[edited by: tedster at 6:23 am (utc) on Oct. 1, 2008]
| 5:10 am on Oct 1, 2008 (gmt 0)|
For experimental purposes I would suggest adding the long-tail to the title of a NEW web page instead of an existing page. Then you don't have to worry about a "tinkering" / optimization penalty.
Titles are very important for Google ranking on anything including long-tails. I also tend to believe multiple folder names that match long-tail searches get respect from Google.
<New Red Widgets - Example.com>
Google's rationale for this IMO is based on the idea: What is the probability that three successive folders match a long-tail and the topic is not about the long-tail?
(You need text, too, of course, not just a blank page is relevant directories/folders.)
| 2:35 pm on Oct 1, 2008 (gmt 0)|
I first wanted to say thank you to both of you for your very informative responses. They are really helpful.
I did a search on Google for some of the long-tail keywords and saw sites that had more than 71 charaters in the title tag ranking high.
I am going to try to look into it more and see what factors other than the title tag might be helping.
| 12:36 am on Oct 3, 2008 (gmt 0)|
I've been experimenting with this in recent weeks, adding long tail keywords after the primary keyword phrase. The consequence has been that these pages have had to work a lot harder to climb up in the serps for the primary keyword phrase. Instead of landing in the top five on page 1, they now have to start from the middle of page 2.
My Homepage will often pick up the long tail keyword enquiries anyway, so I now realize it's not worthwhite to continue with this practice.
| 12:45 am on Oct 3, 2008 (gmt 0)|
To be quite honest, if your not picking up long tail keywords via Google but getting your main k/ws your link building campaign is incorrect. Long tail k/ws are there for are a reason, hence the reason why I collect over 400 phrases on a clients site daily.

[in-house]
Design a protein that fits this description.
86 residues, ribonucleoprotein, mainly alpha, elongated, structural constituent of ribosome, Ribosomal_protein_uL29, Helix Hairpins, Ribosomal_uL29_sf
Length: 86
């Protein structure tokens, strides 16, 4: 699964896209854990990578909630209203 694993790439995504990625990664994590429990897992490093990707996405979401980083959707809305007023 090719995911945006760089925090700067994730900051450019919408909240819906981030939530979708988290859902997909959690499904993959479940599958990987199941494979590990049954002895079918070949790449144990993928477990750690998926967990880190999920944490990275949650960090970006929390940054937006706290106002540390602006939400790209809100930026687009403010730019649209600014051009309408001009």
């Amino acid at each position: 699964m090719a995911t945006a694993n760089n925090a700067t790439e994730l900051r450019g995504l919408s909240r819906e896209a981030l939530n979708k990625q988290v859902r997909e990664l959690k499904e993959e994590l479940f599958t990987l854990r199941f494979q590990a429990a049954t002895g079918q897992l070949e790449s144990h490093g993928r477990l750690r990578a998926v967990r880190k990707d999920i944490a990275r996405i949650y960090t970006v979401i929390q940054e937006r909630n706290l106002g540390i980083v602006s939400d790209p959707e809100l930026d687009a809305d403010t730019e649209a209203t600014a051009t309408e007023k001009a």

Without looking at yours or your clients website, first guess is lack of proper backlinks, no on-page optimisation or lack of age.
[edited by: tedster at 12:56 am (utc) on Oct. 3, 2008]
| 4:25 pm on Oct 3, 2008 (gmt 0)|
I think you are saying that you should not add long-tail keyword phrases to the title tag after the main keyword because this will affect the main keywords from ranking high in the Google SERP when that is searched for? For example, if your title tag is Keyword 1 Keyword 2 it is not worth it to make it Keyword 1 Keyword 2 ¦ Keyword 3 Keyword 1 Keyword 2. Just leave it as Keyword 1 Keyword 2. This way the a search for the main keyword will rank higher in a search for it?
I would appreciate if you could please answer the questions that I included above.
I am not sure that I understand what you are saying. Are you saying that you don't have to target long-tail keywords on your website?
| 7:53 pm on Oct 3, 2008 (gmt 0)|
Let me make what I wrote previously more clear. The page that is ranking for the long-tail keyword in is an inner page and it does not contain the long-tail keyword in the title tag and heading tag.
Do you think it would be ok to add the long-tail keyword to the title tag and heading tag of the inner page without affecting where the site appears when a search for just the keyword is done on Google and making the inner page appear higher in the rankings when the long-tail keyword is searched for? The keyword is already in the title and heading tag of the inner page so adding the long-tail keyword would make the keyword show twice and the long-tail keyword once.
E.G. site about small widgets. inner page ranking for red small widgets. Would making title tag of inner page small widgets ¦ red small widgets from just small widgets help inner page in a search for the long-tail keyword and maybe perhaps even help the site when just the keyword is searched for in Google?
| 8:46 pm on Oct 3, 2008 (gmt 0)|
If that url is ranking for the long tail phrase, but not ranking very high, then I would probably do the experiment - unless that url is already ranking for some other terms in addition.